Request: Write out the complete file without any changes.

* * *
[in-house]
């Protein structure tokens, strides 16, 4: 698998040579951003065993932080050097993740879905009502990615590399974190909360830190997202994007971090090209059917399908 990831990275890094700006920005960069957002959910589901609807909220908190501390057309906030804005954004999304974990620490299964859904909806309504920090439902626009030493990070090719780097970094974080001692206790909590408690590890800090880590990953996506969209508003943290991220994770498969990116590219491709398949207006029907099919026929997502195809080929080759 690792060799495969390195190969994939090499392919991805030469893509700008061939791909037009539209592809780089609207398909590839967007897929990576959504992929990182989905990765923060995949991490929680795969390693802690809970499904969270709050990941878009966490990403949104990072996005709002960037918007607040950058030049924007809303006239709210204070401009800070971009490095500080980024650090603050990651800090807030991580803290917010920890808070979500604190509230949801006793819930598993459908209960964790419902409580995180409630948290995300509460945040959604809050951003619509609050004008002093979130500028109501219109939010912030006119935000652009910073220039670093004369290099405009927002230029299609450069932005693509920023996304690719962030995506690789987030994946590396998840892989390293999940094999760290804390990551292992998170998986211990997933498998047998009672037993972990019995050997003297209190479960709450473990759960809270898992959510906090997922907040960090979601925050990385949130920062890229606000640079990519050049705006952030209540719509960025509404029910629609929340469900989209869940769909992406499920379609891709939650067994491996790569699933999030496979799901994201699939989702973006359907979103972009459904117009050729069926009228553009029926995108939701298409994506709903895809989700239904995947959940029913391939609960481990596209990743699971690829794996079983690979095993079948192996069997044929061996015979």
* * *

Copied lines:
[in-house]
């Protein structure tokens, strides 16, 4: 698998040579951003065993932080050097993740879905009502990615590399974190909360830190997202994007971090090209059917399908 990831990275890094700006920005960069957002959910589901609807909220908190501390057309906030804005954004999304974990620490299964859904909806309504920090439902626009030493990070090719780097970094974080001692206790909590408690590890800090880590990953996506969209508003943290991220994770498969990116590219491709398949207006029907099919026929997502195809080929080759 690792060799495969390195190969994939090499392919991805030469893509700008061939791909037009539209592809780089609207398909590839967007897929990576959504992929990182989905990765923060995949991490929680795969390693802690809970499904969270709050990941878009966490990403949104990072996005709002960037918007607040950058030049924007809303006239709210204070401009800070971009490095500080980024650090603050990651800090807030991580803290917010920890808070979500604190509230949801006793819930598993459908209960964790419902409580995180409630948290995300509460945040959604809050951003619509609050004008002093979130500028109501219109939010912030006119935000652009910073220039670093004369290099405009927002230029299609450069932005693509920023996304690719962030995506690789987030994946590396998840892989390293999940094999760290804390990551292992998170998986211990997933498998047998009672037993972990019995050997003297209190479960709450473990759960809270898992959510906090997922907040960090979601925050990385949130920062890229606000640079990519050049705006952030209540719509960025509404029910629609929340469900989209869940769909992406499920379609891709939650067994491996790569699933999030496979799901994201699939989702973006359907979103972009459904117009050729069926009228553009029926995108939701298409994506709903895809989700239904995947959940029913391939609960481990596209990743699971690829794996079983690979095993079948192996069997044929061996015979």